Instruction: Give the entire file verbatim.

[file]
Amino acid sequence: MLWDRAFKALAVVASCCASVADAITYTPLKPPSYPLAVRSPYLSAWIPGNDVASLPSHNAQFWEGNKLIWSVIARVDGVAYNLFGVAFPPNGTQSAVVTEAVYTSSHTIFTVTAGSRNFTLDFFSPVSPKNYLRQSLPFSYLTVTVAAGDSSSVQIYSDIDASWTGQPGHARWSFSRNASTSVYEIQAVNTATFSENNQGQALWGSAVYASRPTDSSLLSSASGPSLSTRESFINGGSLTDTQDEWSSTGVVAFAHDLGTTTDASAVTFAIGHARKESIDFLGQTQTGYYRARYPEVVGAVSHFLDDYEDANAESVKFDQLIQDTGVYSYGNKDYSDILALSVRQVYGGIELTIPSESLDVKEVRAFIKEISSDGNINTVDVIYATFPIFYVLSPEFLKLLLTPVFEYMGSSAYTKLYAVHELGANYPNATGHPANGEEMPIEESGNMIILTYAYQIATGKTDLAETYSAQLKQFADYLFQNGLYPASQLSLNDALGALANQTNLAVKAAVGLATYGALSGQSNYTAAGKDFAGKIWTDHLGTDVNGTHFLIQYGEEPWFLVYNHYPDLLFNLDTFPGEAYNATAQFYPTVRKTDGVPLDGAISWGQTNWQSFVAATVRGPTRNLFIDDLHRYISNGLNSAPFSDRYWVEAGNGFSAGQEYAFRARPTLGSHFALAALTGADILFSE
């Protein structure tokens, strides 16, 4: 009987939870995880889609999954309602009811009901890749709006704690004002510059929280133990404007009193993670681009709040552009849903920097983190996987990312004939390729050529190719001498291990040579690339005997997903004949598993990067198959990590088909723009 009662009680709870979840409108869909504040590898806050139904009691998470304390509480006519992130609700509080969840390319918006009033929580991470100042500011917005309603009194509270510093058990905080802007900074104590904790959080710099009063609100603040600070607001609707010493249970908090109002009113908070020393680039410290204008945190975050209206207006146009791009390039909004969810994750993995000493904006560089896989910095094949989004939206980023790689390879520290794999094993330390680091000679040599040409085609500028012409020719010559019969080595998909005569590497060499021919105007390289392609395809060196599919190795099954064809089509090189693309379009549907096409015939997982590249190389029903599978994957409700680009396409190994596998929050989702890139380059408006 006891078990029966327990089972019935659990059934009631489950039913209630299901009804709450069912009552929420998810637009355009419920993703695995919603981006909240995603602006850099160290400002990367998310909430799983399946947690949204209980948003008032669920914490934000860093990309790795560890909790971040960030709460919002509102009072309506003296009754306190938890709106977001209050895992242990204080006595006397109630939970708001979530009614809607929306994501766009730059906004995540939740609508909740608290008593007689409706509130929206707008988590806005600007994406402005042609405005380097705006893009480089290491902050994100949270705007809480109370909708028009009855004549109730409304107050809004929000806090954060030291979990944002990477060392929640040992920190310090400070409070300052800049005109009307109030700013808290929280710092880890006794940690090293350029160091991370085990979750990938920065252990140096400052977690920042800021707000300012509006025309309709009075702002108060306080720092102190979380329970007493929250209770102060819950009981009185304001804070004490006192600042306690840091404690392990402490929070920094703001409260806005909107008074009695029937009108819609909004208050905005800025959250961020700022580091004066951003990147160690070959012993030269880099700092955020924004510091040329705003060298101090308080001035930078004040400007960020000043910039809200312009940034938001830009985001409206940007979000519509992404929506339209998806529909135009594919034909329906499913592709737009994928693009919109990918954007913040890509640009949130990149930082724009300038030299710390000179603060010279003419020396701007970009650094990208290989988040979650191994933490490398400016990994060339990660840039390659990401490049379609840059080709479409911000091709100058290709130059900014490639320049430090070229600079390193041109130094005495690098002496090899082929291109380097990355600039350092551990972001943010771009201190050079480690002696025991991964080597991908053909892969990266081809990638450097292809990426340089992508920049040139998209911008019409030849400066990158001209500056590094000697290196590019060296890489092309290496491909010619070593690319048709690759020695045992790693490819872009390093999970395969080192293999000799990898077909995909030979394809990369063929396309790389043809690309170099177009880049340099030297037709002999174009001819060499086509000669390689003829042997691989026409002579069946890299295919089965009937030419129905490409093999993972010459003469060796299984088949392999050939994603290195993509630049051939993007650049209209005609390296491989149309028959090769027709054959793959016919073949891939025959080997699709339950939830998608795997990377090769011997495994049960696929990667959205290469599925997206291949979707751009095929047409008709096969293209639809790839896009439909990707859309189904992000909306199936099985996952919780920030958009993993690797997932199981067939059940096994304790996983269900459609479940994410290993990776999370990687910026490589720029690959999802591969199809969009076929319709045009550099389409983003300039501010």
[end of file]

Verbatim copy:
Amino acid sequence: MLWDRAFKALAVVASCCASVADAITYTPLKPPSYPLAVRSPYLSAWIPGNDVASLPSHNAQFWEGNKLIWSVIARVDGVAYNLFGVAFPPNGTQSAVVTEAVYTSSHTIFTVTAGSRNFTLDFFSPVSPKNYLRQSLPFSYLTVTVAAGDSSSVQIYSDIDASWTGQPGHARWSFSRNASTSVYEIQAVNTATFSENNQGQALWGSAVYASRPTDSSLLSSASGPSLSTRESFINGGSLTDTQDEWSSTGVVAFAHDLGTTTDASAVTFAIGHARKESIDFLGQTQTGYYRARYPEVVGAVSHFLDDYEDANAESVKFDQLIQDTGVYSYGNKDYSDILALSVRQVYGGIELTIPSESLDVKEVRAFIKEISSDGNINTVDVIYATFPIFYVLSPEFLKLLLTPVFEYMGSSAYTKLYAVHELGANYPNATGHPANGEEMPIEESGNMIILTYAYQIATGKTDLAETYSAQLKQFADYLFQNGLYPASQLSLNDALGALANQTNLAVKAAVGLATYGALSGQSNYTAAGKDFAGKIWTDHLGTDVNGTHFLIQYGEEPWFLVYNHYPDLLFNLDTFPGEAYNATAQFYPTVRKTDGVPLDGAISWGQTNWQSFVAATVRGPTRNLFIDDLHRYISNGLNSAPFSDRYWVEAGNGFSAGQEYAFRARPTLGSHFALAALTGADILFSE
């Protein structure tokens, strides 16, 4: 009987939870995880889609999954309602009811009901890749709006704690004002510059929280133990404007009193993670681009709040552009849903920097983190996987990312004939390729050529190719001498291990040579690339005997997903004949598993990067198959990590088909723009 009662009680709870979840409108869909504040590898806050139904009691998470304390509480006519992130609700509080969840390319918006009033929580991470100042500011917005309603009194509270510093058990905080802007900074104590904790959080710099009063609100603040600070607001609707010493249970908090109002009113908070020393680039410290204008945190975050209206207006146009791009390039909004969810994750993995000493904006560089896989910095094949989004939206980023790689390879520290794999094993330390680091000679040599040409085609500028012409020719010559019969080595998909005569590497060499021919105007390289392609395809060196599919190795099954064809089509090189693309379009549907096409015939997982590249190389029903599978994957409700680009396409190994596998929050989702890139380059408006 006891078990029966327990089972019935659990059934009631489950039913209630299901009804709450069912009552929420998810637009355009419920993703695995919603981006909240995603602006850099160290400002990367998310909430799983399946947690949204209980948003008032669920914490934000860093990309790795560890909790971040960030709460919002509102009072309506003296009754306190938890709106977001209050895992242990204080006595006397109630939970708001979530009614809607929306994501766009730059906004995540939740609508909740608290008593007689409706509130929206707008988590806005600007994406402005042609405005380097705006893009480089290491902050994100949270705007809480109370909708028009009855004549109730409304107050809004929000806090954060030291979990944002990477060392929640040992920190310090400070409070300052800049005109009307109030700013808290929280710092880890006794940690090293350029160091991370085990979750990938920065252990140096400052977690920042800021707000300012509006025309309709009075702002108060306080720092102190979380329970007493929250209770102060819950009981009185304001804070004490006192600042306690840091404690392990402490929070920094703001409260806005909107008074009695029937009108819609909004208050905005800025959250961020700022580091004066951003990147160690070959012993030269880099700092955020924004510091040329705003060298101090308080001035930078004040400007960020000043910039809200312009940034938001830009985001409206940007979000519509992404929506339209998806529909135009594919034909329906499913592709737009994928693009919109990918954007913040890509640009949130990149930082724009300038030299710390000179603060010279003419020396701007970009650094990208290989988040979650191994933490490398400016990994060339990660840039390659990401490049379609840059080709479409911000091709100058290709130059900014490639320049430090070229600079390193041109130094005495690098002496090899082929291109380097990355600039350092551990972001943010771009201190050079480690002696025991991964080597991908053909892969990266081809990638450097292809990426340089992508920049040139998209911008019409030849400066990158001209500056590094000697290196590019060296890489092309290496491909010619070593690319048709690759020695045992790693490819872009390093999970395969080192293999000799990898077909995909030979394809990369063929396309790389043809690309170099177009880049340099030297037709002999174009001819060499086509000669390689003829042997691989026409002579069946890299295919089965009937030419129905490409093999993972010459003469060796299984088949392999050939994603290195993509630049051939993007650049209209005609390296491989149309028959090769027709054959793959016919073949891939025959080997699709339950939830998608795997990377090769011997495994049960696929990667959205290469599925997206291949979707751009095929047409008709096969293209639809790839896009439909990707859309189904992000909306199936099985996952919780920030958009993993690797997932199981067939059940096994304790996983269900459609479940994410290993990776999370990687910026490589720029690959999802591969199809969009076929319709045009550099389409983003300039501010």